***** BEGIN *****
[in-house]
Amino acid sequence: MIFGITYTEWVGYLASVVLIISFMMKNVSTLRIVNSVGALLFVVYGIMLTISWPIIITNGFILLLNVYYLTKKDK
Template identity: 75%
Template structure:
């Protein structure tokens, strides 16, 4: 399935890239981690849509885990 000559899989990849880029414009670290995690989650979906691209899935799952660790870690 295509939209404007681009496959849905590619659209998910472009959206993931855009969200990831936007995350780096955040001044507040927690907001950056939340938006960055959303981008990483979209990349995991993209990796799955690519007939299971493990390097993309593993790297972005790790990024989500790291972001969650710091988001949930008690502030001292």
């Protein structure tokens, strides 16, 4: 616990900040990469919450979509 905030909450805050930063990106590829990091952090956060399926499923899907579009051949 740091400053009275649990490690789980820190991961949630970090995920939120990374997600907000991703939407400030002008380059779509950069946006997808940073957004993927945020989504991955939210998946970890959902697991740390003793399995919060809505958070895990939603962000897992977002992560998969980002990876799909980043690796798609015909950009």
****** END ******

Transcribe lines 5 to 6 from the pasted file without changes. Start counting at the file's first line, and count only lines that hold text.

């Protein structure tokens, strides 16, 4: 399935890239981690849509885990 000559899989990849880029414009670290995690989650979906691209899935799952660790870690 295509939209404007681009496959849905590619659209998910472009959206993931855009969200990831936007995350780096955040001044507040927690907001950056939340938006960055959303981008990483979209990349995991993209990796799955690519007939299971493990390097993309593993790297972005790790990024989500790291972001969650710091988001949930008690502030001292």
């Protein structure tokens, strides 16, 4: 616990900040990469919450979509 905030909450805050930063990106590829990091952090956060399926499923899907579009051949 740091400053009275649990490690789980820190991961949630970090995920939120990374997600907000991703939407400030002008380059779509950069946006997808940073957004993927945020989504991955939210998946970890959902697991740390003793399995919060809505958070895990939603962000897992977002992560998969980002990876799909980043690796798609015909950009």